Restoration Stage Offers Rare Spotlight for Black Stories

The cast of "The Very Last Days of the First Colored Circus" during a March 3 performance at Anacostia Playhouse (Jade James-Gist/The Washington Informer)
The cast of "The Very Last Days of the First Colored Circus" during a March 3 performance at Anacostia Playhouse (Jade James-Gist/The Washington Informer)

In its final weekend, the D.C. region’s only black-owned theater company, Restoration Stage Inc., delivered on Friday, March 3 an arresting performance of “The Very Last Days of the First Colored Circus.”

The play was written by fifth-generation Charles County resident and playwright Steven A. Butler Jr., the play was inspired by the lives of his great-great-grandparents, Ruby Dyson and Ollie Thomas, and their struggles as circus performers in early-1900s Maryland.

It’s a story that won’t be found in any history book, and that’s why Restoration Stage director, producer and founder Courtney Baker-Oliver decided to produce it.

“When mainstream theaters show black people, they hardly stray from thug or slave life, as if those are our only stories,” Baker-Oliver said.

So Butler and Baker-Oliver write and produce black plays with storylines that would otherwise be ignored by mainstream theaters. They merge history and art to show the diversity of the black experience with an official mission to “restore the black family through storytelling.”

Previous productions include critically acclaimed plays “The Truth,” “All That Glitters” and “Chocolate Covered Ants,” each of which highlight hidden narratives of women, the LBGT community and young men in black America.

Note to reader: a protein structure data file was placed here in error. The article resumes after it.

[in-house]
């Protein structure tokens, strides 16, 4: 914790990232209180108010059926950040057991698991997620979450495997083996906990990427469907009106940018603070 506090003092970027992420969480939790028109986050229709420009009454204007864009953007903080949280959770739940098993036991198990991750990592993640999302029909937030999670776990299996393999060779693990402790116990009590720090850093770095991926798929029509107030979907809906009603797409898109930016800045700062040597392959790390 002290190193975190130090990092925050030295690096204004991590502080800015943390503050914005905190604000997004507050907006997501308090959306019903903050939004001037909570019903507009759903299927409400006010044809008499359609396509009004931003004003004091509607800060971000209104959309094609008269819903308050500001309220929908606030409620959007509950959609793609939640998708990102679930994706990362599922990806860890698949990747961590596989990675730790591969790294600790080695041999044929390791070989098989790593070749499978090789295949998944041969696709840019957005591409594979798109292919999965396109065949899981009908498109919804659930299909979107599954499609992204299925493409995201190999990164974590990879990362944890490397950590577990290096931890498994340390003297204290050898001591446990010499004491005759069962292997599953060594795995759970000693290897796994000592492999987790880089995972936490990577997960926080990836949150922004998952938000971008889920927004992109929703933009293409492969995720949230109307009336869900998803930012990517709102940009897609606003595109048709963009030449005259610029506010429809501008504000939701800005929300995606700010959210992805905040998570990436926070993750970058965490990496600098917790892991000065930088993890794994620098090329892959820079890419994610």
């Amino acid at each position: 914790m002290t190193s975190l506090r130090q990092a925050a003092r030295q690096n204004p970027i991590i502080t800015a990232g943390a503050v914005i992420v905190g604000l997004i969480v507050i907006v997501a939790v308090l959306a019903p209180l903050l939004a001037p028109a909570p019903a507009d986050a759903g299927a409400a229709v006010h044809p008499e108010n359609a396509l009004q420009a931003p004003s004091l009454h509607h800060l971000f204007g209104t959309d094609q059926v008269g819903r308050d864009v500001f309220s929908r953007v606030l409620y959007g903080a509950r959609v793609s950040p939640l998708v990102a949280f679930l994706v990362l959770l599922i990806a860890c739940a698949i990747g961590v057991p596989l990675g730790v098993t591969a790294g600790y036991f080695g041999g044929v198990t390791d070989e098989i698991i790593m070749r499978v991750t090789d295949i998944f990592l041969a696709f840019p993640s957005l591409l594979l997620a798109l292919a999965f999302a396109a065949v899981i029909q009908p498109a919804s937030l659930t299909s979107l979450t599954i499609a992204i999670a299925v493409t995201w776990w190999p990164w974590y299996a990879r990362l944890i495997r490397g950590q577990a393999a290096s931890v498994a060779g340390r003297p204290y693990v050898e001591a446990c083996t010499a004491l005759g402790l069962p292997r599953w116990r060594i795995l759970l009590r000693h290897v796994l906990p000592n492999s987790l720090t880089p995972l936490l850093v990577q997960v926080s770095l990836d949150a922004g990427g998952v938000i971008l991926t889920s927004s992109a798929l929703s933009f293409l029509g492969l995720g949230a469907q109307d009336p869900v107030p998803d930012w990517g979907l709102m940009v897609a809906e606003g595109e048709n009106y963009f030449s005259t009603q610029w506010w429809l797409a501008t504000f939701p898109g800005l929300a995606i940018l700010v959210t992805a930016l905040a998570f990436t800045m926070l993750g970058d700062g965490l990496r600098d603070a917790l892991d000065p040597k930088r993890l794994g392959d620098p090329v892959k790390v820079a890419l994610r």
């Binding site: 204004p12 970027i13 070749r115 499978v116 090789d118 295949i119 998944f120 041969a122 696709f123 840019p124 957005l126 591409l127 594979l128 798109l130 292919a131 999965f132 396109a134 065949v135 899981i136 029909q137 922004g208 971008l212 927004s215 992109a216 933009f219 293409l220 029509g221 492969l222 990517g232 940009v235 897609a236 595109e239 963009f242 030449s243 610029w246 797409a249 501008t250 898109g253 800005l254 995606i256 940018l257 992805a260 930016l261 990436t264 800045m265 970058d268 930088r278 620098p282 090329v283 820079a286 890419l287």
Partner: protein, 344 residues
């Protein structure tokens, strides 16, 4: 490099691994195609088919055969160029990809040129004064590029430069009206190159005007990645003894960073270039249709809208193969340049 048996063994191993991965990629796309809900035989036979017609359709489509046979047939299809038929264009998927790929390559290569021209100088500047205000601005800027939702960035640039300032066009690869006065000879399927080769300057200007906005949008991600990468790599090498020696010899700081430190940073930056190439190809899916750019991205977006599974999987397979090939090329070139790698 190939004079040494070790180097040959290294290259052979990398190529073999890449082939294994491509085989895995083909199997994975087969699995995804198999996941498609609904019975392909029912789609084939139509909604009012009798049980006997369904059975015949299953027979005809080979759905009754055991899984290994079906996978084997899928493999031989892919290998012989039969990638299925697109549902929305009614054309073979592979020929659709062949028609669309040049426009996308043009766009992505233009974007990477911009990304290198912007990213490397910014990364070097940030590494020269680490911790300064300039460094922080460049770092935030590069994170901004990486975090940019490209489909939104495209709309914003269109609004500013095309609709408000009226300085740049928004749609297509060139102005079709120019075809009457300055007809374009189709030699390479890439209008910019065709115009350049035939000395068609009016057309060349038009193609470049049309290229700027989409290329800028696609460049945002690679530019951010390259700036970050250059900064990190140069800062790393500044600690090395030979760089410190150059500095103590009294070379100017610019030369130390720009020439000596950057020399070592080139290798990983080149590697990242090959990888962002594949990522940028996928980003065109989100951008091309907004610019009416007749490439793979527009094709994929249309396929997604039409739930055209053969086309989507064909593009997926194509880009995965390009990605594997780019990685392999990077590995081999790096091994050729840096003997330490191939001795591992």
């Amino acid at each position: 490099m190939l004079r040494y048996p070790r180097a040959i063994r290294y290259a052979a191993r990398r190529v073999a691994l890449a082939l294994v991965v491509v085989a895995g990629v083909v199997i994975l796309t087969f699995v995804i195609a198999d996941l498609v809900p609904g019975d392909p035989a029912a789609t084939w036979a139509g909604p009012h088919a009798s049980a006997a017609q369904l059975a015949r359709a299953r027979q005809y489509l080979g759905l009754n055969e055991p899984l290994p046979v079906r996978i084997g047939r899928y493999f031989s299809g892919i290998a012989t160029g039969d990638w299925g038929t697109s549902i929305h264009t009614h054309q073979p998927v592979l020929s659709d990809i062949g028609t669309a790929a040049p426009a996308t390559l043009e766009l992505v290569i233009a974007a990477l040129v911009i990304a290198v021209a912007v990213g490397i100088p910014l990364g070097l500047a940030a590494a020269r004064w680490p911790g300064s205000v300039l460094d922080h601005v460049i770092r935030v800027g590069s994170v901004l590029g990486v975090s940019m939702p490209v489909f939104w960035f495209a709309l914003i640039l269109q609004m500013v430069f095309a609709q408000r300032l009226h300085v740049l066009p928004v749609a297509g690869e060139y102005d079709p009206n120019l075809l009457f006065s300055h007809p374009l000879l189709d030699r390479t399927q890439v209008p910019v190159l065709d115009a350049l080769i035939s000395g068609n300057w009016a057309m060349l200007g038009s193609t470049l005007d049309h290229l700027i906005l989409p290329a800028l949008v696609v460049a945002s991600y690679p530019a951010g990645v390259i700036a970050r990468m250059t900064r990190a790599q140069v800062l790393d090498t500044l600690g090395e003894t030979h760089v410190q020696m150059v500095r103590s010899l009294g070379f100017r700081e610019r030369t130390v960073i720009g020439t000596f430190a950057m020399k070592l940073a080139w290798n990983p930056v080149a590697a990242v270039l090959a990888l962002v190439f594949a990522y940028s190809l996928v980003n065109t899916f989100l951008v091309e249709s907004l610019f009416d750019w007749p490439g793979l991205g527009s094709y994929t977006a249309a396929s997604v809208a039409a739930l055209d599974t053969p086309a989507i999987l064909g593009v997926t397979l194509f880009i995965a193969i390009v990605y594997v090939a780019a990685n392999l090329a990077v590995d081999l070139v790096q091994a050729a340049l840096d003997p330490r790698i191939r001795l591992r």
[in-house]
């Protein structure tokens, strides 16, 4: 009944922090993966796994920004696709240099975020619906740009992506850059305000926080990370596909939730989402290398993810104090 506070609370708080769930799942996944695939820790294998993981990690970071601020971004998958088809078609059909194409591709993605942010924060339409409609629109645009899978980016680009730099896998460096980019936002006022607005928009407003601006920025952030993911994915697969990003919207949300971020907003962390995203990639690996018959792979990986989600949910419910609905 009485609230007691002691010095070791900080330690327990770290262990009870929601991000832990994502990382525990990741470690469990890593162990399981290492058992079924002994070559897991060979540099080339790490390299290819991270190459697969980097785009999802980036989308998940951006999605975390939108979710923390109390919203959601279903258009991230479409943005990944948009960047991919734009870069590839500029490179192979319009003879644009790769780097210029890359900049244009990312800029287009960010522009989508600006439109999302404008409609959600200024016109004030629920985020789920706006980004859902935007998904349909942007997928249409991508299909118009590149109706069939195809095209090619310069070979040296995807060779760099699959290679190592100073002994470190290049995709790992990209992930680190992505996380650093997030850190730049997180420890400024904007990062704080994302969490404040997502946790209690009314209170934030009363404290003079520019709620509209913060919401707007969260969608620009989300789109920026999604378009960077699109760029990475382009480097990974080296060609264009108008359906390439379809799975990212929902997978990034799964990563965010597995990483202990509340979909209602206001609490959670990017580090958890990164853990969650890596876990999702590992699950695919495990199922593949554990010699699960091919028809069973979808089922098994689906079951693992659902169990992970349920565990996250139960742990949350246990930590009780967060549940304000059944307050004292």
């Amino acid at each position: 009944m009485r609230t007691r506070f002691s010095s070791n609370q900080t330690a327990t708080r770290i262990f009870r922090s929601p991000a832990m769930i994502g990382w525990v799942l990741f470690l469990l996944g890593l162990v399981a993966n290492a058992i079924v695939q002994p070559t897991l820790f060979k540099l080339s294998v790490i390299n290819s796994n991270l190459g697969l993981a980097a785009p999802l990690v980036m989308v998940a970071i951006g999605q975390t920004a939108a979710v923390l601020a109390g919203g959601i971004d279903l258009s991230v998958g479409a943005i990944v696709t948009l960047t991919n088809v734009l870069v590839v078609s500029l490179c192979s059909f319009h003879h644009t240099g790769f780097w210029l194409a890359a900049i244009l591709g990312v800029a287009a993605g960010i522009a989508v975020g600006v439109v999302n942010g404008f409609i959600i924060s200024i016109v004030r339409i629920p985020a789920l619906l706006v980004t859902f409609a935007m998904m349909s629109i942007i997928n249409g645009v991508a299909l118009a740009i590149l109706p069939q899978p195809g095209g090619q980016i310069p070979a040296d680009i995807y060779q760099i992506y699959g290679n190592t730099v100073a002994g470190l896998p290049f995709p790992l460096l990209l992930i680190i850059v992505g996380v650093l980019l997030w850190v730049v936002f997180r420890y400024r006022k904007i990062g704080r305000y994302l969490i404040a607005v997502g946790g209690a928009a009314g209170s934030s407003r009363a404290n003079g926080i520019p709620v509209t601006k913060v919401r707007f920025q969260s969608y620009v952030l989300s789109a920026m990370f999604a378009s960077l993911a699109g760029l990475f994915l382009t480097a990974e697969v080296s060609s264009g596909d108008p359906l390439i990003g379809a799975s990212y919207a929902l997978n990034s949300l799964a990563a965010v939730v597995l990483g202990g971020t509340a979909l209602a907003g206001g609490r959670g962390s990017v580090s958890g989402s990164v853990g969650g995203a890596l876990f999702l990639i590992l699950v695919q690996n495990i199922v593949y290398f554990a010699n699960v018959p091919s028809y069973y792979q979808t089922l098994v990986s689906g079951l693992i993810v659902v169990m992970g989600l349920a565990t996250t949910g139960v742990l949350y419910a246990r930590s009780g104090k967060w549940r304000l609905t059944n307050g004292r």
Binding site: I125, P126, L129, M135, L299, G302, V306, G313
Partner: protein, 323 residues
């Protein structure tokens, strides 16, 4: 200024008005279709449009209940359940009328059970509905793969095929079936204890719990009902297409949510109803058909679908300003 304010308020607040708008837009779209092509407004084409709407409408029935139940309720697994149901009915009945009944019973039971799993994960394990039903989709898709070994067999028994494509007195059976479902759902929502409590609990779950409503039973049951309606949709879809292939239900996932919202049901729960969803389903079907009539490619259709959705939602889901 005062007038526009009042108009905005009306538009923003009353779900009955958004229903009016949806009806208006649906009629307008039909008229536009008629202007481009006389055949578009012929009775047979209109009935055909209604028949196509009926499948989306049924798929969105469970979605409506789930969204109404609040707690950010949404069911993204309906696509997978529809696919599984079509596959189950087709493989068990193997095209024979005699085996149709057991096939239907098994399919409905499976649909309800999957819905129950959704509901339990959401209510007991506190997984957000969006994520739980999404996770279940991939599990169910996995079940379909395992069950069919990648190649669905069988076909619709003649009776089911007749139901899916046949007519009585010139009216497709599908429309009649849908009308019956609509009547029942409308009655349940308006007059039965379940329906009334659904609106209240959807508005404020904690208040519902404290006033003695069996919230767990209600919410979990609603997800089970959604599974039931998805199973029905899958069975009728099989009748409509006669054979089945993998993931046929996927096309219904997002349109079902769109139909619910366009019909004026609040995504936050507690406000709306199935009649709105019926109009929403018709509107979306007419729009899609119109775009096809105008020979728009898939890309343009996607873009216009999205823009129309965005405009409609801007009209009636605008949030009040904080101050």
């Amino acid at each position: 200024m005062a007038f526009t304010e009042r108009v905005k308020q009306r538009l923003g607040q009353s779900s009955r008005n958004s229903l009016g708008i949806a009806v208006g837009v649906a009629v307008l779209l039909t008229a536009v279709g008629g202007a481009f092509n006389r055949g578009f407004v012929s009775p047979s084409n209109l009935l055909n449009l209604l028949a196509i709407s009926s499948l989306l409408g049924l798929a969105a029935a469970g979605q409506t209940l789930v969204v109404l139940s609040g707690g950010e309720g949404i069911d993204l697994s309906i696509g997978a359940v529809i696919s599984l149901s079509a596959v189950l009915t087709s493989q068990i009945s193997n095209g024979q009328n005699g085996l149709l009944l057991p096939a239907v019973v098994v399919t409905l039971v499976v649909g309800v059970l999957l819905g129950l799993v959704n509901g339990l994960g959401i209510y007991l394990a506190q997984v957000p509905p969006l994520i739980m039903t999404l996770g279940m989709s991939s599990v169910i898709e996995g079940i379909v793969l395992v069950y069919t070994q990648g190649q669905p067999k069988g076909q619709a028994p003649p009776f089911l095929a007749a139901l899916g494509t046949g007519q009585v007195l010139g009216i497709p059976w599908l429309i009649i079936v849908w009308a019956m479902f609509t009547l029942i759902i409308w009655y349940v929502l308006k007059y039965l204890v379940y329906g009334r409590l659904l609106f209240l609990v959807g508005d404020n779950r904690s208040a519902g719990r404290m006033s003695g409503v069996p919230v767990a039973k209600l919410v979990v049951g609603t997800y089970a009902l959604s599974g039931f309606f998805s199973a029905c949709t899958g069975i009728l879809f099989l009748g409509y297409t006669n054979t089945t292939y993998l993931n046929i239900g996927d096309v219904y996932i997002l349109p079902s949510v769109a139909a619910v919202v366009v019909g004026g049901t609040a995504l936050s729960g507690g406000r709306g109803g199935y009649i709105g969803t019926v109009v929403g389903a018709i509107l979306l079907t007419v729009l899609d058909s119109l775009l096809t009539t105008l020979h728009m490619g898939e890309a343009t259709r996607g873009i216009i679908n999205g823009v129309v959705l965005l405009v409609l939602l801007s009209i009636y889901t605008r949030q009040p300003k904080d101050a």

“Even though our stories don’t usually get green-lit, I am hopeful in this ‘Moonlight,’ ‘Hidden Figures’ and ‘Fences’ moment,” Baker-Oliver said.

One of the unfortunate outcomes of this reality is that green-lit black productions lack variety. Popular plays such as “Crowns” and “A Raisin in the Sun” dominate the mainstream stages and run annually, but while entertaining or historically significant, they do not represent a diversity of black experiences.

The absence of black theater companies in D.C. has persisted for almost 50 years, and Restoration Stage is now the only black-owned theater company in the DMV.

Restoration currently rents spaces such as Anacostia Stage for their productions. So even in Chocolate City, there’s no consistent space where black people can control their narratives, and a multitude of black experiences remain untold.

Now, in light of the new president’s goal to “make America great again,” Butler and Baker-Oliver say Restoration Stage’s work is timelier than ever.

“We have to demand our narratives,” Baker-Oliver said. “Otherwise ‘MAGA’ (Make America Great Again) will attempt to erase our history.”